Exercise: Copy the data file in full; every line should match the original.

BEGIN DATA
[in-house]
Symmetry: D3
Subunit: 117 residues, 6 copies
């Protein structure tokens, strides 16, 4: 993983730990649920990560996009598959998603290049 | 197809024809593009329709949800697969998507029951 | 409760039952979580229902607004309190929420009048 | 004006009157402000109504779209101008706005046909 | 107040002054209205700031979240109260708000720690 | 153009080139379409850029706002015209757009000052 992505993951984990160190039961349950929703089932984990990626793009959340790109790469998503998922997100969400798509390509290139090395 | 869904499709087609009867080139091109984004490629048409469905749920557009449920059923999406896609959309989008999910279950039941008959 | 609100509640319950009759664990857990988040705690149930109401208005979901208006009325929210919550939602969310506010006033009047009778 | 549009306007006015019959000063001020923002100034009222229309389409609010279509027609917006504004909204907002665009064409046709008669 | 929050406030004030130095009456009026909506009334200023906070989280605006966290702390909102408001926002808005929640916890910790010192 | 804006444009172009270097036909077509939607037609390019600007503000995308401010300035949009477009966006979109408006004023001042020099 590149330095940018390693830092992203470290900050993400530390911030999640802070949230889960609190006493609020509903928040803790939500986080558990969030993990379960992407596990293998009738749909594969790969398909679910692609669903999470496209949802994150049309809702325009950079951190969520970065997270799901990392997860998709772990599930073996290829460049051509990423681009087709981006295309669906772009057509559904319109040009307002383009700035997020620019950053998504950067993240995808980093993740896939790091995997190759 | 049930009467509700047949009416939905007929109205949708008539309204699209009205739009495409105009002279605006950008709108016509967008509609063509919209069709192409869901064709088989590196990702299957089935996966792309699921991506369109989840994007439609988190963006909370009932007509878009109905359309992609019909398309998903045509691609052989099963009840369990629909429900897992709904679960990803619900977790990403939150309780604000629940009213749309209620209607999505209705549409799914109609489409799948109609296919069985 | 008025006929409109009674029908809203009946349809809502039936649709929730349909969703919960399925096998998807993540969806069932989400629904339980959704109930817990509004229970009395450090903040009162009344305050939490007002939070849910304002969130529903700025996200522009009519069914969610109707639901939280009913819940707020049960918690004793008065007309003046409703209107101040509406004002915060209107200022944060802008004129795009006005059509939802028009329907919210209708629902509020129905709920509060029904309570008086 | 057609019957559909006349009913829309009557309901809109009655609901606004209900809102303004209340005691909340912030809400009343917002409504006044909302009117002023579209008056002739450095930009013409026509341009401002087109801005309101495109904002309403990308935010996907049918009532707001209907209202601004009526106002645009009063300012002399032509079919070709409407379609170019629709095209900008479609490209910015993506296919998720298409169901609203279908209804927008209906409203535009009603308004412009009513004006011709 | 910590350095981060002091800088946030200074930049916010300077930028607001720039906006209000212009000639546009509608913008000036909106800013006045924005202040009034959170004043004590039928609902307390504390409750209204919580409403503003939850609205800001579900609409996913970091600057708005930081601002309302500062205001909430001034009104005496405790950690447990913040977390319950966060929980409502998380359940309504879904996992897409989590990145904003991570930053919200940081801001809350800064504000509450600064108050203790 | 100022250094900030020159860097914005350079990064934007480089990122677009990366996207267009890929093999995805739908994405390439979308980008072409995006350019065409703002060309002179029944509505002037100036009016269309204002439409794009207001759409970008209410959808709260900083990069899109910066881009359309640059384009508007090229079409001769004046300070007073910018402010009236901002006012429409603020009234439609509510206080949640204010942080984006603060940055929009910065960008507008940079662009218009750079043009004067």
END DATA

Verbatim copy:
[in-house]
Symmetry: D3
Subunit: 117 residues, 6 copies
């Protein structure tokens, strides 16, 4: 993983730990649920990560996009598959998603290049 | 197809024809593009329709949800697969998507029951 | 409760039952979580229902607004309190929420009048 | 004006009157402000109504779209101008706005046909 | 107040002054209205700031979240109260708000720690 | 153009080139379409850029706002015209757009000052 992505993951984990160190039961349950929703089932984990990626793009959340790109790469998503998922997100969400798509390509290139090395 | 869904499709087609009867080139091109984004490629048409469905749920557009449920059923999406896609959309989008999910279950039941008959 | 609100509640319950009759664990857990988040705690149930109401208005979901208006009325929210919550939602969310506010006033009047009778 | 549009306007006015019959000063001020923002100034009222229309389409609010279509027609917006504004909204907002665009064409046709008669 | 929050406030004030130095009456009026909506009334200023906070989280605006966290702390909102408001926002808005929640916890910790010192 | 804006444009172009270097036909077509939607037609390019600007503000995308401010300035949009477009966006979109408006004023001042020099 590149330095940018390693830092992203470290900050993400530390911030999640802070949230889960609190006493609020509903928040803790939500986080558990969030993990379960992407596990293998009738749909594969790969398909679910692609669903999470496209949802994150049309809702325009950079951190969520970065997270799901990392997860998709772990599930073996290829460049051509990423681009087709981006295309669906772009057509559904319109040009307002383009700035997020620019950053998504950067993240995808980093993740896939790091995997190759 | 049930009467509700047949009416939905007929109205949708008539309204699209009205739009495409105009002279605006950008709108016509967008509609063509919209069709192409869901064709088989590196990702299957089935996966792309699921991506369109989840994007439609988190963006909370009932007509878009109905359309992609019909398309998903045509691609052989099963009840369990629909429900897992709904679960990803619900977790990403939150309780604000629940009213749309209620209607999505209705549409799914109609489409799948109609296919069985 | 008025006929409109009674029908809203009946349809809502039936649709929730349909969703919960399925096998998807993540969806069932989400629904339980959704109930817990509004229970009395450090903040009162009344305050939490007002939070849910304002969130529903700025996200522009009519069914969610109707639901939280009913819940707020049960918690004793008065007309003046409703209107101040509406004002915060209107200022944060802008004129795009006005059509939802028009329907919210209708629902509020129905709920509060029904309570008086 | 057609019957559909006349009913829309009557309901809109009655609901606004209900809102303004209340005691909340912030809400009343917002409504006044909302009117002023579209008056002739450095930009013409026509341009401002087109801005309101495109904002309403990308935010996907049918009532707001209907209202601004009526106002645009009063300012002399032509079919070709409407379609170019629709095209900008479609490209910015993506296919998720298409169901609203279908209804927008209906409203535009009603308004412009009513004006011709 | 910590350095981060002091800088946030200074930049916010300077930028607001720039906006209000212009000639546009509608913008000036909106800013006045924005202040009034959170004043004590039928609902307390504390409750209204919580409403503003939850609205800001579900609409996913970091600057708005930081601002309302500062205001909430001034009104005496405790950690447990913040977390319950966060929980409502998380359940309504879904996992897409989590990145904003991570930053919200940081801001809350800064504000509450600064108050203790 | 100022250094900030020159860097914005350079990064934007480089990122677009990366996207267009890929093999995805739908994405390439979308980008072409995006350019065409703002060309002179029944509505002037100036009016269309204002439409794009207001759409970008209410959808709260900083990069899109910066881009359309640059384009508007090229079409001769004046300070007073910018402010009236901002006012429409603020009234439609509510206080949640204010942080984006603060940055929009910065960008507008940079662009218009750079043009004067």